Here I’d like to share my spring 2018 events through pictures:
Another event was more bittersweet. Gallery 527, after a successful run of 12 years in Jerome, Arizona, closed because the building was sold. My work had been featured there for three years and the artists and owners were like family.
Here are some shots from the final show and closing Artwalk:
I eagerly awaited the moment I’d find out what lay within my subconscious. What would come out of me onto the canvas if I felt truly free to express? I hoped The Painting Experience workshop would show me.
The big day arrived, and as part of my work-study scholarship I blissfully set about helping to fill, mix and stir the paint containers, set out the 23 colors onto several paint tables, and fill water buckets. Meanwhile, cardboard had been taped to the walls, tarps taped all across the floor, brushes distributed, and Stewart was on a ladder hanging lights above each painting station when I left for the airport to pick up my sister Beth. Later that evening the group gathered.
I wondered how the magic box would open: very simply, it turned out. Stewart’s co-facilitator, Aziza said, “Pick up a brush, whichever one calls you. Then walk over to the paint and pick a color, whichever one calls you.” And that was the basic instruction – clean and unburdened – that set me free to have one of the most joyful experiences of my life.
My heart burst in ecstasy with all these colors and freedom. We painted on 20×26 sheets of paper that could be taped together to whatever size we wanted. I chose two sheets, and here’s what I painted that evening.
I think joy is embedded in that painting!
I was so excited that night I literally couldn’t sleep. At dawn I finally squeezed in an hour or two.
We started the next day with a forum where people shared about their experience and their questions (some participants were long-time followers), then went back into the studio to bring forth more of the unknown to be revealed.
It seemed that no sooner had I begun to paint than it was time for lunch. Where had two hours gone?
Before lunch was over everyone was drawn back into the studio, so by the time Stewart came back the entire room was already quiet and focused on their work.
The sustained level of quiet, intensely focused work in the room was profound and one of the most memorable qualities of the experience for me. Each person seemed to be immersed in their own individual process.
The raw expression of some of the pieces was awe-inspiring.
When Stewart came around, whatever was said was entirely private and one-to-one. Several individuals seemed to be releasing emotions through the process of painting. Stewart was a worthy steward of such vulnerable moments: sincere, present, sparing of words and actions.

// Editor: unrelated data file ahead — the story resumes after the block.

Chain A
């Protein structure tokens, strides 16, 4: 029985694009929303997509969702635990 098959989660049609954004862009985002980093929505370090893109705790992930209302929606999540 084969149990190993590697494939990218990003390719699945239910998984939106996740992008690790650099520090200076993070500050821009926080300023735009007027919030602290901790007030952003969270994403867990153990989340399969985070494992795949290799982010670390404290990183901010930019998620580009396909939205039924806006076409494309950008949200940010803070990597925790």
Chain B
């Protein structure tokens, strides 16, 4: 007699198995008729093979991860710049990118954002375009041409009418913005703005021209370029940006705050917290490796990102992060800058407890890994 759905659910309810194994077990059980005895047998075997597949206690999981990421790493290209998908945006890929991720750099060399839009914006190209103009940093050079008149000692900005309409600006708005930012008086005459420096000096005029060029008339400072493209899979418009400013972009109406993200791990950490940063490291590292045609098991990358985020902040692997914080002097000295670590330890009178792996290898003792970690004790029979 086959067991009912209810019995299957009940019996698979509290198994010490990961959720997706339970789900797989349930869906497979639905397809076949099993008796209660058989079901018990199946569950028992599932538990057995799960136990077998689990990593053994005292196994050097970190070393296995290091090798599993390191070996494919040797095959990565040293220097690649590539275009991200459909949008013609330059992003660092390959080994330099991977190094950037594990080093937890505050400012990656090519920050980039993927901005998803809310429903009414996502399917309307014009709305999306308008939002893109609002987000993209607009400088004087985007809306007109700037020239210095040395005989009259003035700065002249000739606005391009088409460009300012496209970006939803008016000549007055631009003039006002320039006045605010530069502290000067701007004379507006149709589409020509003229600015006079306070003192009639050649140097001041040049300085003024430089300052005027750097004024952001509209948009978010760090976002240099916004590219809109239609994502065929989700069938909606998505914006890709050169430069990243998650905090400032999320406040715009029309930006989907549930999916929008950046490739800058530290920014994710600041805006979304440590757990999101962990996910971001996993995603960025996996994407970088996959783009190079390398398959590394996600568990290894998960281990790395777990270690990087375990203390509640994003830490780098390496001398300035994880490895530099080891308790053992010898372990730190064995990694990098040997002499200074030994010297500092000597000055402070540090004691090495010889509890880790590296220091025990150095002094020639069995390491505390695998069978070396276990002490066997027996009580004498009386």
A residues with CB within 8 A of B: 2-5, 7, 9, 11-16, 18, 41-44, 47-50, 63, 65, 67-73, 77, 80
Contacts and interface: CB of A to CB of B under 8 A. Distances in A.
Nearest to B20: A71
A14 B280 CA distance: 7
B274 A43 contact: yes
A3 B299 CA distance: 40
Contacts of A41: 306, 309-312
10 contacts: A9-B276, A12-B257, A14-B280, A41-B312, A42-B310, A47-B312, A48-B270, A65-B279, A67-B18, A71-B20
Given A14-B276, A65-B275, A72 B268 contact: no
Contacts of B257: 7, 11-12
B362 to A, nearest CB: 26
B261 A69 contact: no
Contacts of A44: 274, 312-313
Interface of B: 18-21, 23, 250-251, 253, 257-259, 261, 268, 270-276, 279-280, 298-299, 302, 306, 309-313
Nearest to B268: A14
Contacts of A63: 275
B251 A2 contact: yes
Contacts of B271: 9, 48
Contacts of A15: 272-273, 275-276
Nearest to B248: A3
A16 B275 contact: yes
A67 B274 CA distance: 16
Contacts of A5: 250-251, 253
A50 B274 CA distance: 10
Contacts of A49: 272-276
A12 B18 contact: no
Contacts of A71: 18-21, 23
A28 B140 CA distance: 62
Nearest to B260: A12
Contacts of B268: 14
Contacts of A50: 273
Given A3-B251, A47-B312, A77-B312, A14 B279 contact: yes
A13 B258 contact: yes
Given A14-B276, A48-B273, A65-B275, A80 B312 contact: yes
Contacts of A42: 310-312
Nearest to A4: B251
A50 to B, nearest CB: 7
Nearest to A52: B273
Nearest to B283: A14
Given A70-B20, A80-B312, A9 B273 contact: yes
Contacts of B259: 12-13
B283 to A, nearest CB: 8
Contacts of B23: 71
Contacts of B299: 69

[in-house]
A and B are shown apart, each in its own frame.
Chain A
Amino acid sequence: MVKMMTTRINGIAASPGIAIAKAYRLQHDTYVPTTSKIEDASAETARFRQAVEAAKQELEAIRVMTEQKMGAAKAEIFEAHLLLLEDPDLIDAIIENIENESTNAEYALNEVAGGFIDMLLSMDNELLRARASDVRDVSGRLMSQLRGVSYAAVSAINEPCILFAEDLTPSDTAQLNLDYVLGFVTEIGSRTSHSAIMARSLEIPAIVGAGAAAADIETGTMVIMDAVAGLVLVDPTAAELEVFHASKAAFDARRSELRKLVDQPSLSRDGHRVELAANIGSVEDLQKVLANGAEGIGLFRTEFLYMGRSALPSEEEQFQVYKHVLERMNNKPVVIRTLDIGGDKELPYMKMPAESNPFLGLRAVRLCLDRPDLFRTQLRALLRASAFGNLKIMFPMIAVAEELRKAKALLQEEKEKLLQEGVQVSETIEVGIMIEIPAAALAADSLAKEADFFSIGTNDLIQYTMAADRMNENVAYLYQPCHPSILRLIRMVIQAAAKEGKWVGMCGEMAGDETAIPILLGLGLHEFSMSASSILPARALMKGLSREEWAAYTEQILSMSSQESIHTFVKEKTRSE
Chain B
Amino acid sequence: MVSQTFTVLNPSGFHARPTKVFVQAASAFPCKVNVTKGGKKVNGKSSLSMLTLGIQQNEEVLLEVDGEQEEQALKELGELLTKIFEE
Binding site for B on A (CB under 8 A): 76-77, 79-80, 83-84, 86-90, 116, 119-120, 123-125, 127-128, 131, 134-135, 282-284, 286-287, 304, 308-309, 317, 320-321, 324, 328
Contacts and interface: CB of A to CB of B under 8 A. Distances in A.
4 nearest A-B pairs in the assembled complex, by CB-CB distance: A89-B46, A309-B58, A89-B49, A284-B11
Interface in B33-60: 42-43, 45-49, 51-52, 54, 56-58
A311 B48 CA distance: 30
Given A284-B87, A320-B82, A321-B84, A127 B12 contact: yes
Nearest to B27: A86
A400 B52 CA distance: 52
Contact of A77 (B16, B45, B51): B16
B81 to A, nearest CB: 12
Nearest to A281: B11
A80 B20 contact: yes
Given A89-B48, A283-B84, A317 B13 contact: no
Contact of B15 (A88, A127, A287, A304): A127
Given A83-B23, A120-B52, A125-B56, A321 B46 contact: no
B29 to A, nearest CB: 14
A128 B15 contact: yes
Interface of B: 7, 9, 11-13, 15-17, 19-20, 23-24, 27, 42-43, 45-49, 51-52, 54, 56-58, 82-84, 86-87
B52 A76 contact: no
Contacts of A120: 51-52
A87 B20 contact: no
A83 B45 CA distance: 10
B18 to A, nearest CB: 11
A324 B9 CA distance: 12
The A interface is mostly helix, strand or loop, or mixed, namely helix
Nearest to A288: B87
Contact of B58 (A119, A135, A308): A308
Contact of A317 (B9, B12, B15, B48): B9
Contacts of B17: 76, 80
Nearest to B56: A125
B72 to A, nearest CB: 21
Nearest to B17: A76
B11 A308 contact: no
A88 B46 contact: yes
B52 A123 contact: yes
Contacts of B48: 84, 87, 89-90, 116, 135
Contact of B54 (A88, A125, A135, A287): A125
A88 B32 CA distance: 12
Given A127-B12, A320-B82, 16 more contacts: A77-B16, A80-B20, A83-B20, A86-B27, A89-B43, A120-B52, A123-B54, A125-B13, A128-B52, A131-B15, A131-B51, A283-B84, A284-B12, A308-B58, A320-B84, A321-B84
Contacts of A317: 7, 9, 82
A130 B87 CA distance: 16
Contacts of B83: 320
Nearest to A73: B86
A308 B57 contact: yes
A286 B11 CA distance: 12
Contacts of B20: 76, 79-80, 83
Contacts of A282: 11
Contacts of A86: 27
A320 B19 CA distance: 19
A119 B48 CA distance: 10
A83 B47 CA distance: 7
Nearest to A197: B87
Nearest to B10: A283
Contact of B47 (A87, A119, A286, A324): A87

A ground rule had been laid at the beginning not to discuss anyone’s work. We could talk about our own experience, but no comments could be made to anyone else – a habit that for me as a teacher was disconcerting to break, especially when I wanted to gush over someone’s amazing painting. But soon I got on board and found it relieving and liberating not to have any business with anyone else.
In fact, once a painting was done (which was to be determined only after consulting with Stewart) it was parked facing the wall, never to be unearthed again until time to take it home. And that policy actually led to one of my most valuable breakthroughs.
Okay, this breakthrough is rather personal to me and might not be useful to anyone else. But here’s how it evolved. The idea of my painting going to face the wall helped divest me of the lurking feeling that I had to paint well to impress others. It wasn’t quite enough (because between now and then was plenty of time to worry about how my painting looked to others), but I knew somewhere in that direction was a nugget of gold. So I played with it in my imagination and soon came up with a scenario that magnified the effect.
What if I knew that, when I was done with my painting, it would be thrown away? A freeing thought, but perhaps too conducive to sloppy hopelessness. So I played some more in my imagination and ended up with the following scenario: I’m in jail and painting is the one thing I get to do, with the stipulation that when I’m done they will throw it away.
Somehow that was a sweet spot for me, calling forth patient focus and intense caring about the present experience of painting, yet with no concern for what someone else will think. It was an instant remedy to set my priorities straight. With that tool I was on my way and in the zone (and still use that tool today).
Stewart’s superpower seems to be helping people break through to a deeper level when they get stuck and frustrated. I didn’t experience that particular transformation firsthand, because my seasoned painting practice had so easily hooked into the spirit of what was happening that I never hit a stuck spot.
Nor did I get to really witness and benefit from the transformations happening around me because, for one thing as mentioned, the interactions between teacher and student are all really private and personal. For another, I was on my own roll and wanting to stay there. But I wished I could have benefited from hearing Stewart help others.
However, he did move me into a more liberated space by leveraging the imagery that came up in my painting to help me get more honest about what was trying to come out. In other words, he encouraged me to dive into the imagery rather than halfway entertain it. Here is the painting I spent most of days 2 and 3 making.
It was exciting to realize when I came in on day 3 that I wanted to add black. I really got way into black, a color I normally use sparingly. One of the delights of intuitive painting is to just go with it, like riding the river.
Here is what the painting looked like previously, at the end of day 2, before adding black and committing to imagery.
A big takeaway for me was how luxurious it was to have completely unstructured painting time with no prescribed group plan. I don’t know exactly how I’ll incorporate that quality into my future workshops, but I intend to find out.
The question of when someone was done with their painting was another mysterious discussion between Stewart and the individual. But in my case, he agreed with me that when I was at risk of moving from energy to futzing it was time to stop.
Did I unlock my creative expression? I’ve made progress! In a future blog post I plan to show you how the Painting Experience has influenced my artwork since then, and explore differences between this workshop and my way of teaching. (Subscribe to my blog to be the first to find out!)